Maliha said...

Salamaat,
The mob part (sans your imposed characterization of weed, beer cans, etc) really makes me sad. Why do they have to act in the same irrational, crazy way that every "mob" on TV does?

Could they have sat in clas and engaged the girl in dialogue? Could they have questioned what she meant and proceeded to lay out their own opposition and then come to some conclusion on it?

it's sad that our youth are replicating the worst of us.

mezba said...

Maliha: walaiks.

While I may understand the alternate viewpoints of why it could be offensive, there was a better way to resolve this dispute.

As I said, the way I characterized the mob was not an exaggeration.

Em said...

Salaam.
Wow no one agrees with me... good thing I ain't in charge of a school, haha.

First let me say that I don't denounce the girl's creativity. I just think every single positive point she was making could be made with an image of Islaam other than that of the Qur'an and the kaaba (say the star and crescent, for example). I am in opposition to her using a scuplture of the kaaba, nothing else. Rawi, that's where the girl and Mezba differed on the literal and metaphorical -- Mezba wrote about the surroundings of the kaabah while she created a replica of the literal kaaba itself. But Ahmed's fourth para is also true, and I guess I'm being overly critical.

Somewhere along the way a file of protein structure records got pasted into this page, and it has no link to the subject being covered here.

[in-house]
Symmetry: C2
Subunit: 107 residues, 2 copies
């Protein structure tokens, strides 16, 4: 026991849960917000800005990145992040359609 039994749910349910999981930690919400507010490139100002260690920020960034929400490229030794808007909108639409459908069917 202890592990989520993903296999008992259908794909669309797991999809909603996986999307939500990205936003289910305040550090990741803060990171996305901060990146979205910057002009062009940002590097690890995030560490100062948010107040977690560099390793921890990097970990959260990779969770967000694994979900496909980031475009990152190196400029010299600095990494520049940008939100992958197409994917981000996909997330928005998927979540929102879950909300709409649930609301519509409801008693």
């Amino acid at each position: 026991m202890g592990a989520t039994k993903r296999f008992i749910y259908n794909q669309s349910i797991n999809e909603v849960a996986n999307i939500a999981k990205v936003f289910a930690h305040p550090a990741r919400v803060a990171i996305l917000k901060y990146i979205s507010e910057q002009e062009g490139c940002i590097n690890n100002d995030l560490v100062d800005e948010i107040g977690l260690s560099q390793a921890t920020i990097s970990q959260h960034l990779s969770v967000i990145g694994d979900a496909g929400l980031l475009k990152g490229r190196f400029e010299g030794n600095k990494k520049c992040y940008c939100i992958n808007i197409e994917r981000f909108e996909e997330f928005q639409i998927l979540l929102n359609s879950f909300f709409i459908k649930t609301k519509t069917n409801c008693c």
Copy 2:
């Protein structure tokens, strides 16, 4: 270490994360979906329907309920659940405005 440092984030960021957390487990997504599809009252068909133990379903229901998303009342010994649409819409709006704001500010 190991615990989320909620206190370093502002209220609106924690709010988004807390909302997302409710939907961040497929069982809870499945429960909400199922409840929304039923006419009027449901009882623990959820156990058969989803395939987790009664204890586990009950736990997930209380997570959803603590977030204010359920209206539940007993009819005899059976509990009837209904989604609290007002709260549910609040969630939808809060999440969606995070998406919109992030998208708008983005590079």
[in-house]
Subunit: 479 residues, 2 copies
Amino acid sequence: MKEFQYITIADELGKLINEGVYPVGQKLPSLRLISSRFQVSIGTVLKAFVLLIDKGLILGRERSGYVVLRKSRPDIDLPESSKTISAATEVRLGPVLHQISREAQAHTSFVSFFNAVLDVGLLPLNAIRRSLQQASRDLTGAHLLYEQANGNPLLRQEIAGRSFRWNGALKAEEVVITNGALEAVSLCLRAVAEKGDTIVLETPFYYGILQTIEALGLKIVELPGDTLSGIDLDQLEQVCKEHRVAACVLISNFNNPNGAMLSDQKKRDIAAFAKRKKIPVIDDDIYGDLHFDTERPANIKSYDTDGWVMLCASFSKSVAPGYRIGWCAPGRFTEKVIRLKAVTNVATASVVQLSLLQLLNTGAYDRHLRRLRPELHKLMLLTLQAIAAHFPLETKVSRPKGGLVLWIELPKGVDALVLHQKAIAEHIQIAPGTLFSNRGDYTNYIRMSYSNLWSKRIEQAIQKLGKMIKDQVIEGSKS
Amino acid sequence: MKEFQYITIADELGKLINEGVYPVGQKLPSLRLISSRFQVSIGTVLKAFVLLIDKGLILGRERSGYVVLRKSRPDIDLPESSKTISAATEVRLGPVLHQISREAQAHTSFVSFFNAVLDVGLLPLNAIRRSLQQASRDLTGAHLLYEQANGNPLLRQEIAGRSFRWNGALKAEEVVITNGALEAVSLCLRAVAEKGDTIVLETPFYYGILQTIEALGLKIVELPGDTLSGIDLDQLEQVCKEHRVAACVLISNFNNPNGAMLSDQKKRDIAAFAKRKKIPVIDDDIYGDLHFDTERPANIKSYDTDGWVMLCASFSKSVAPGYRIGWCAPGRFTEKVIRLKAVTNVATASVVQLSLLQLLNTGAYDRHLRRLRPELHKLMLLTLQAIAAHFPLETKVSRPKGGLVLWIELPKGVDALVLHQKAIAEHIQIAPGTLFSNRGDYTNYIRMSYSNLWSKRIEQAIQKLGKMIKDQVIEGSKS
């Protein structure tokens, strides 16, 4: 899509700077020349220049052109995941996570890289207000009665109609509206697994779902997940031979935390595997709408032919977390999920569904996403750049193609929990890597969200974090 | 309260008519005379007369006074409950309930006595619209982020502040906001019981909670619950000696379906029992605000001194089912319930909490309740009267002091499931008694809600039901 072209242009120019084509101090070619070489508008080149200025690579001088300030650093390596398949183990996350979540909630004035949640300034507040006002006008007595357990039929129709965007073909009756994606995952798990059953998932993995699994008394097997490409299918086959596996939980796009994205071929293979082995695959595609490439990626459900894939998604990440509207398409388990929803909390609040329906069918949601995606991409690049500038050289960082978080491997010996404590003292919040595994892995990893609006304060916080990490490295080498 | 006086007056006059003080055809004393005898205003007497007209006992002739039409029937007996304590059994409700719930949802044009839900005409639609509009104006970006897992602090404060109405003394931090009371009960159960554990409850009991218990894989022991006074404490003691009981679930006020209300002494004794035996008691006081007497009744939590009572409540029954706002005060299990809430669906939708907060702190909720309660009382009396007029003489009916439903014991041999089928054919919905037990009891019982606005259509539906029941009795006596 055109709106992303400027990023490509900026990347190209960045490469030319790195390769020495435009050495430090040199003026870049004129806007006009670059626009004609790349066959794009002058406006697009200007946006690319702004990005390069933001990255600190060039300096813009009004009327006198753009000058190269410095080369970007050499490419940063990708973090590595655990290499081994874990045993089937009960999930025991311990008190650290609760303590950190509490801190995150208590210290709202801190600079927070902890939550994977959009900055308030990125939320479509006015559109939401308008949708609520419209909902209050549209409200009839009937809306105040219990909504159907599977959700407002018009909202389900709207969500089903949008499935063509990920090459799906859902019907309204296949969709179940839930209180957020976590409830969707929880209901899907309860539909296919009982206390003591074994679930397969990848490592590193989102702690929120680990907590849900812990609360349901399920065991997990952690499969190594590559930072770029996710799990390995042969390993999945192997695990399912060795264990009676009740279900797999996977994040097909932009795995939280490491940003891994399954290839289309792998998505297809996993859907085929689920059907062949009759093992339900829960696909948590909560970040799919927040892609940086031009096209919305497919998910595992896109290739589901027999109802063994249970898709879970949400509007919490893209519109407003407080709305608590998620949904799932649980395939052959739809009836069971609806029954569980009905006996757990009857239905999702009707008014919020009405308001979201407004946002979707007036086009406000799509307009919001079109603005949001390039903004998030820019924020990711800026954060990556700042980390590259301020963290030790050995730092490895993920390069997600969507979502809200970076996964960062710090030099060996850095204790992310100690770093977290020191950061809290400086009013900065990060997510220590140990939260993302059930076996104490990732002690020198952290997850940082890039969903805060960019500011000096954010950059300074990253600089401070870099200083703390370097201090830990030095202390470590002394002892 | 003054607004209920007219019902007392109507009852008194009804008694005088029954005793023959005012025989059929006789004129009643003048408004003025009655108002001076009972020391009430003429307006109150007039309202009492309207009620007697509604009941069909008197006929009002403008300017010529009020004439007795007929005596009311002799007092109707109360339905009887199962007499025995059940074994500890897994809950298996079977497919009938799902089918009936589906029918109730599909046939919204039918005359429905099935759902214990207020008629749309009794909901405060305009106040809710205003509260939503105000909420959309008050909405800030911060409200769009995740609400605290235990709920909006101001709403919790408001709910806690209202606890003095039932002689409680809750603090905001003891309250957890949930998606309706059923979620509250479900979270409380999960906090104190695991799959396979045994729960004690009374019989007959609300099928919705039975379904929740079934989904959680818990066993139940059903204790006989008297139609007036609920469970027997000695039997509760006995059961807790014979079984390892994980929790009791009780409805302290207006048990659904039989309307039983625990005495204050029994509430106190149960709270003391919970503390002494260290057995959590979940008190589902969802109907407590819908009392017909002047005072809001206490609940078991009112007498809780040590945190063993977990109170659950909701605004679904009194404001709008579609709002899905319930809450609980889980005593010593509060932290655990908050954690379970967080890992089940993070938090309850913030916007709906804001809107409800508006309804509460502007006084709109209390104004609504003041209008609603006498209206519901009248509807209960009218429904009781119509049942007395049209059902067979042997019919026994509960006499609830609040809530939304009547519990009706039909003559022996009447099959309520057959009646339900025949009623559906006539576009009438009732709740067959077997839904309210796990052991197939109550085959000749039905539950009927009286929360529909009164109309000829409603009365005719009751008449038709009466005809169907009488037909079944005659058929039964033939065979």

Mez, thanks for the history lesson. It's no surprise that the kaaba was re-built every single time, since its contruction by Adam (as), and will be so until the Ethiopian finally destroys it (an Ibn Kathir source I forgot now).

Farah, regrettable as losing Islamic heritage sites are, there's no basis in the shariah to necessitate their perpetuation, in contrast to the actual kaabah (eg. some scholars even consider visiting Qiblatain and the Badr mountains during hajj and umrah an innovation).

Sabrina, agreed. This has bothered me a lot as well. But all that said, so long as the Hilton-accommodated, Big Mac munching hajjis complete every explicit rukun and fard of the Hajj according to the shariah, I am in no position to say that an austere hajji's pilgrimage itself will be any more accepted than theirs, Allahu a'lam.